maandag 10 oktober 2016

Heads Up. Warpaint

In 2014 Warpaint released one of the best singles of the year 'Love Is To Die'. Is it coincidental that that other masterpiece of 2014 also started with the word "love"? The LVE's 'Love, When You Don't Want It' is only getting airplay in Belgium since the summer of 2016, when Warpaint releases its new album, Heads Up. In both cases patience is a virtue.

Heads Up is a much more direct album then its predecessor. Where 'Warpaint' can be classified as dreampop, Heads Up is more beat oriented and solid. At the heart of things Warpaint has not so much changed. The singing is still of the same layered softness and fleeting in approach. The dreamy element is in tact. The voices could belong to sleepwalkers, stumbling around without seriously hurting themselves.

It is the music that was given an overhaul. The drums and percussion is a frontal force. The guitars are played rhythmically and the bass is to be reckoned with. This foundation gives the singing something psychedelic. Like friendly ghosts in a (thus not so) scary movie.

The outcome can both be light and difficult. The vocal melody may be freeflowing, the playing and the rhythm of 'The Stall' is complex. Fact is that the guitar is back, but not in an easy chord playing way. In several songs The Cure of around 'A Forest' comes to mind, without the high tempo of the song. Note patterns are played. The mix is an extremely heart felt yet cold condition. The music distances itself from me as listener, while drawing me towards it. If I'm in the mood that is. Warpaint is not making it easy on me, but then it never has with its previous records. "Love Is To Die' is an exception in the oeuvre, a song that caught me totally unaware.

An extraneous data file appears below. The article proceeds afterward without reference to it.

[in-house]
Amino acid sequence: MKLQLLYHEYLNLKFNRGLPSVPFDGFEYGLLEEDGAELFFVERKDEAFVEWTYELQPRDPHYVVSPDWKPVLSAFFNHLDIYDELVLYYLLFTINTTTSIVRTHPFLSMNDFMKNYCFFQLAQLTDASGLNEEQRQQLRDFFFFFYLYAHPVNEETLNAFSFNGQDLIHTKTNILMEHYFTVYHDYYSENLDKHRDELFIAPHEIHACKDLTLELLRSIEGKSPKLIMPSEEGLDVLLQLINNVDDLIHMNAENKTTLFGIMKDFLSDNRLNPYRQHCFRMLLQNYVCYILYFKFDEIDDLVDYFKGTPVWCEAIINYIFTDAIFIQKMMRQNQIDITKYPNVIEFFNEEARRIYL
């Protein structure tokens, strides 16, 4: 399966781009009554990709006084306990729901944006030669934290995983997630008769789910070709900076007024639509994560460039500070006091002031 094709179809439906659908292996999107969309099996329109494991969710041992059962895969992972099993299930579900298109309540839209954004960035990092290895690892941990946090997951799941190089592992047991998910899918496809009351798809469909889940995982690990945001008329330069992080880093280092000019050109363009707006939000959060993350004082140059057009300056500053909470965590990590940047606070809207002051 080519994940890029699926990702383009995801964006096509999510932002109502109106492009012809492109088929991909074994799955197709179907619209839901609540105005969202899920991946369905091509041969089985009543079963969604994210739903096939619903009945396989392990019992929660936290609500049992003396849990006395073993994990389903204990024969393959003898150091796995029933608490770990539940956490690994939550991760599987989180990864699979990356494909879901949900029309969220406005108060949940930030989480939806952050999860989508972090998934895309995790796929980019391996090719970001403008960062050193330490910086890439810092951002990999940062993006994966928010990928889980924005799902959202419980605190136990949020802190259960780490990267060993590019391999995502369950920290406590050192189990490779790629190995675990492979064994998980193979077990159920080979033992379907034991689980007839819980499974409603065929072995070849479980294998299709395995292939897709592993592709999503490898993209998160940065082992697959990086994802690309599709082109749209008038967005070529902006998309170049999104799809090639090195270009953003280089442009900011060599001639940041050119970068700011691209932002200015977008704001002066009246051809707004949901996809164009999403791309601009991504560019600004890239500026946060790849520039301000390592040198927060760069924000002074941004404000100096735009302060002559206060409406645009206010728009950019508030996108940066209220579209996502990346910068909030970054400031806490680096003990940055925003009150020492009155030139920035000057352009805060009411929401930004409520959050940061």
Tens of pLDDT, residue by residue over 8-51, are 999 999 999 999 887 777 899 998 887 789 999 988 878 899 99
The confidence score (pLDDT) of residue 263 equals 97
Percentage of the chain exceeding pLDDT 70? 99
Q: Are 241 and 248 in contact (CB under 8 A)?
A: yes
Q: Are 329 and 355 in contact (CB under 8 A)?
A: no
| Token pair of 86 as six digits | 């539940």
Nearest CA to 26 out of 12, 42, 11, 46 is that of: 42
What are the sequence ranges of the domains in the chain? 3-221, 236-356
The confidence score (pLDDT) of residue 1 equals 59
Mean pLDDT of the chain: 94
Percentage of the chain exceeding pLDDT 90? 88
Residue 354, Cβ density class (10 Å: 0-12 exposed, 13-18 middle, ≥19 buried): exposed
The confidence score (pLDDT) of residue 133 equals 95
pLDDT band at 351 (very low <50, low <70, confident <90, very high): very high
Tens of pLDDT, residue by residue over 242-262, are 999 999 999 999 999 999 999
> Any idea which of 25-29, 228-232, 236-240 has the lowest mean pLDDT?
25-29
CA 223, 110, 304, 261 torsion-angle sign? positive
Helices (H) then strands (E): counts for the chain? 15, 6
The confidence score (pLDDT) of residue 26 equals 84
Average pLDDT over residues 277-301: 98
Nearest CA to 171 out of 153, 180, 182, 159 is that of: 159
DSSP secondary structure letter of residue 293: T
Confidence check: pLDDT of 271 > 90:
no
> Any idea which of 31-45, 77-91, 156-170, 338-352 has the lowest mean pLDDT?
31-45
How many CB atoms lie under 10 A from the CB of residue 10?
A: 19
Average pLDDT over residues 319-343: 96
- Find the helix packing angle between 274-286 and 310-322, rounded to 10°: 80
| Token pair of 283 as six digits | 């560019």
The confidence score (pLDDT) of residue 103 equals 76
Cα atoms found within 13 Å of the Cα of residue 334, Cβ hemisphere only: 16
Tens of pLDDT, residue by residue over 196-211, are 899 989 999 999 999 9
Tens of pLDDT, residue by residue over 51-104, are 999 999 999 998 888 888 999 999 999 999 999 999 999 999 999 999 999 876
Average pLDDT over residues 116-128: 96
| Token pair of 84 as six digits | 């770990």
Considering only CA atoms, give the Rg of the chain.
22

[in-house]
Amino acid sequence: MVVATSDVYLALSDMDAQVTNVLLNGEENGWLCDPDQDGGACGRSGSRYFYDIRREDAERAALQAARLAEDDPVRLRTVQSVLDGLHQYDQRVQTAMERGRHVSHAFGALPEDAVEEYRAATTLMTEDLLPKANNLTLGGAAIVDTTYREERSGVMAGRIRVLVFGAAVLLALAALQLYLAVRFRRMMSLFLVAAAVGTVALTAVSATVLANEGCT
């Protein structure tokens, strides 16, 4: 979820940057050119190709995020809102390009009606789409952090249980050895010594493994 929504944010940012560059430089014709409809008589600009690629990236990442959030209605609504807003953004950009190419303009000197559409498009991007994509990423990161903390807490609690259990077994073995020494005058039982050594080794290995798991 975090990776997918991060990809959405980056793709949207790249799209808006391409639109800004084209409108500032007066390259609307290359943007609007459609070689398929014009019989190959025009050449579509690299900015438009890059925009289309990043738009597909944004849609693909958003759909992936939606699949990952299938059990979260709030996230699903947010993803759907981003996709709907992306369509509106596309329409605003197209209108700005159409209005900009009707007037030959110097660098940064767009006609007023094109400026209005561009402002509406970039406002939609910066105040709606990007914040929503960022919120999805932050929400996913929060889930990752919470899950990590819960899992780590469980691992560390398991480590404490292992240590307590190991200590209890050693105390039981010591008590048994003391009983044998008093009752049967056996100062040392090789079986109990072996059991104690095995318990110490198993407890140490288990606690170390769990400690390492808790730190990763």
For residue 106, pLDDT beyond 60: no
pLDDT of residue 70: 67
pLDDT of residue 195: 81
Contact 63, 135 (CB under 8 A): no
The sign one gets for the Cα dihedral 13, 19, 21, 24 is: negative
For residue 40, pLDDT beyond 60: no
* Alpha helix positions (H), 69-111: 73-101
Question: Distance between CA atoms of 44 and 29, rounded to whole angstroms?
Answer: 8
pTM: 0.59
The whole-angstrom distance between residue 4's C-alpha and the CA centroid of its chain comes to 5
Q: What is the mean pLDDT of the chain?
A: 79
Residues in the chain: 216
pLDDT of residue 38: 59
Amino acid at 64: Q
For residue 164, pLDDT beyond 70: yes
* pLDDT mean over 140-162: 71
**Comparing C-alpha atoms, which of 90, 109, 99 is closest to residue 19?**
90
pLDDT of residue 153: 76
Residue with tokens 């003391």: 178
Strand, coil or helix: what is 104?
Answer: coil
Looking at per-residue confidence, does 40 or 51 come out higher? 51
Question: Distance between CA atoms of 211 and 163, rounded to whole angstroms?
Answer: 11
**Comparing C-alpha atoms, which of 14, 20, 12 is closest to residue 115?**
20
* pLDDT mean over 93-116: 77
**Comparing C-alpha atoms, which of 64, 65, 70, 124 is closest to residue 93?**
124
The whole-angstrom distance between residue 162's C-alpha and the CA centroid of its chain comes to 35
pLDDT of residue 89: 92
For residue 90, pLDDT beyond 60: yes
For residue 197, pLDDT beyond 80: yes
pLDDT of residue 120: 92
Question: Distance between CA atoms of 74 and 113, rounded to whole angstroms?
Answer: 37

On Heads Up the band again explores the possibilities of electronics in its music. Not everything I hear is reproducible by instruments on stage for a four piece band, but by a backing track or computer only. 'Don't Wanna' has all these sounds around the extremely smooth bass sound of Jenny Lee Lindberg. Her bass even reminds me of Robbie Shakespeare here and there. Other instruments fade in and out of the song. The dreamy multi-layered vocals ad to the otherworldliness of the song. On the other hand, in the title song, which is up tempo, there are all sorts of experiments going on during the music as well. As if the song is a playground to be discovered and all there used to the max.

Co-producer Jake Bercovici, who returns after having worked with Warpaint on its first EP in the 00s, managed to keep all the layers in the songs on Heads Up transparent. A feat, as this body of work could have ended up with a muddy, murky sound. The fact that it hasn't attest to the vision the band had in combination with the steering qualities of the external producer.

Taking the whole album in, things towards the end get a bit too much of a good thing to me, but that is just personal. By then Warpaint has convinced me that it has taken an interesting turn in its career and has made me follow it yet again. Heads Up is a fascinating record, which may become a really good one with a few more listening turns.


You can listen to 'New Song' here:

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